Bloomberg Anywhere Remote Login Bloomberg Terminal Demo Request


Connecting decision makers to a dynamic network of information, people and ideas, Bloomberg quickly and accurately delivers business and financial information, news and insight around the world.


Financial Products

Enterprise Products


Customer Support

  • Americas

    +1 212 318 2000

  • Europe, Middle East, & Africa

    +44 20 7330 7500

  • Asia Pacific

    +65 6212 1000


Industry Products

Media Services

Follow Us

Bloomberg Customers

Dow 10K: Why One Pro Thinks It’s Important

Posted by: Ben Levisohn on October 14, 2009

The Dow Jones Industrial average closed above 10,000 today for the first time since October 2008. After having watched the blue-chip benchmark cross the magical five-digit figure numerous times in both directions over the past 10 years, the predominant reaction from market watchers has been a collective shrug.

Barron’s urged its readers to “Tune Out Dow 10,000 Maniacs.” The Wall Street Journal spent its time focusing on an impending Standard & Poor’s 500-stock index milestone. Even BusinessWeek has asked if Dow 10,000 is just another number.

They’re right to be skeptical. Too much is made of the psychological impact of round numbers, whether its Dow 10,000 or S&P 500 1100. Technical analysts rarely focus on the Dow — with only 30 stocks, it’s too narrow to be of much use. And when they do, they focus on trends (the Barron’s article focuses on when long-term and short-term trends in the Dow clash) or levels of support and resistance.

But to dismiss Dow 10,000 outright is mistake, says Blaze Tankersley, senior managing director at BayCrest Partners, an independent brokerage. He notes that when the Dow has traded near 10,000, it’s stayed there for months, sometimes years. Starting in 1999, the Dow spent nearly three years stuck in a range with 10,000 as its base, before crashing through in 2001. On the way back up, it traded around 10,000 for around two years before trading up to 14,000.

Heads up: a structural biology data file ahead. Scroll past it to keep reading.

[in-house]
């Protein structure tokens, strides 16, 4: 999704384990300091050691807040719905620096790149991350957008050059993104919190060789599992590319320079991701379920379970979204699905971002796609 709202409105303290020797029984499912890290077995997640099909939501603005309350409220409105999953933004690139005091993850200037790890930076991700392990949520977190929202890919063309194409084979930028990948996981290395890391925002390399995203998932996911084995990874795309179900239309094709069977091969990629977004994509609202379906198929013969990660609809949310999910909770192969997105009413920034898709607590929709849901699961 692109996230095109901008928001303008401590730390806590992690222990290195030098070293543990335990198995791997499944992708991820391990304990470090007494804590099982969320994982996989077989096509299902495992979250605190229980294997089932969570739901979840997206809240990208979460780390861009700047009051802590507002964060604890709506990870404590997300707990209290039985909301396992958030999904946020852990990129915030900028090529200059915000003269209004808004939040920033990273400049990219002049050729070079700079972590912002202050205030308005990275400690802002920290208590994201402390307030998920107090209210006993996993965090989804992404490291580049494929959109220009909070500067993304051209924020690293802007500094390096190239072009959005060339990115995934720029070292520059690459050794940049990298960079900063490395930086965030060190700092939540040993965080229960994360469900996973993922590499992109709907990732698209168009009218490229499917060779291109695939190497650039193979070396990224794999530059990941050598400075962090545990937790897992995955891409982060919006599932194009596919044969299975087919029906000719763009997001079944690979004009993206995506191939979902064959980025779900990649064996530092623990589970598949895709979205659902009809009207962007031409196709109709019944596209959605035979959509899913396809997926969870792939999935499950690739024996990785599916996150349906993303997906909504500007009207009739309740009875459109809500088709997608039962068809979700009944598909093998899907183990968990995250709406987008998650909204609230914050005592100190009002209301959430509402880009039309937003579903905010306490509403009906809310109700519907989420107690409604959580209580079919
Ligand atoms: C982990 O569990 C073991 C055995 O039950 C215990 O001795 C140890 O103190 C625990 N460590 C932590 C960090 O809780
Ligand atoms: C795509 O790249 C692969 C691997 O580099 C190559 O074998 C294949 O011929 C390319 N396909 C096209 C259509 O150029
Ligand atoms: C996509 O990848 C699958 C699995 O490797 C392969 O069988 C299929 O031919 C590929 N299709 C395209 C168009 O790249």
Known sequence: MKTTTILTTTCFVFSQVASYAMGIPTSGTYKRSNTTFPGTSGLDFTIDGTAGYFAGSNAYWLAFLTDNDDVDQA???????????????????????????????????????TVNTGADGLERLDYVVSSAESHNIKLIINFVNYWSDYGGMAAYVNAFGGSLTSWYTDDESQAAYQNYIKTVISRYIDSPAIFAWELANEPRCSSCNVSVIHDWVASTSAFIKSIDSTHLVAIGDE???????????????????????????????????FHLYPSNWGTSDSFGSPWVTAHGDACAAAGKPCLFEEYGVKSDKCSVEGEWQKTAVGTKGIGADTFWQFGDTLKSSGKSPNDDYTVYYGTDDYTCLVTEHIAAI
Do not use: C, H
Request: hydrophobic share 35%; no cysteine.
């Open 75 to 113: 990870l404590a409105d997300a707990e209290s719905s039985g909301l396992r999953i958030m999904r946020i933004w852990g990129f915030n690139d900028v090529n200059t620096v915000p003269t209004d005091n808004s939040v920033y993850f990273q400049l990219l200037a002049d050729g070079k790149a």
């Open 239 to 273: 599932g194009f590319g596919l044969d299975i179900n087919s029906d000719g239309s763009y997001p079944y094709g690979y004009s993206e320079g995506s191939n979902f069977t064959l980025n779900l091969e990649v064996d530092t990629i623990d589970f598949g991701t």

“Anyone who thinks this is irrelevant is likely a fool,” says Tankersley. “[Dow 10,000] magnetizes prices towards it for many months if not years to come once [it’s breached].”


TrackBack URL for this entry:

Post a comment



Businessweek’s Emily Thornton, Amy Feldman, Ben Levisohn, and Ben Steverman focus on matters great and small for investors, from the views of a hot fund manager to an explanation of the latest products devised by Wall Street’s rocket scientists. Exploring trends in any area, from bonds and stocks to closed-end funds and futures, always with an eye towards giving investors a better understanding of the sometimes confusing and often chaotic world of finance. Standard & Poor’s senior index analyst Howard Silverblatt will also provide his take on companies’ finances and the markets. Voted one of the “Top 100 Finance Blogs” in 2007.

BW Mall - Sponsored Links

Buy a link now!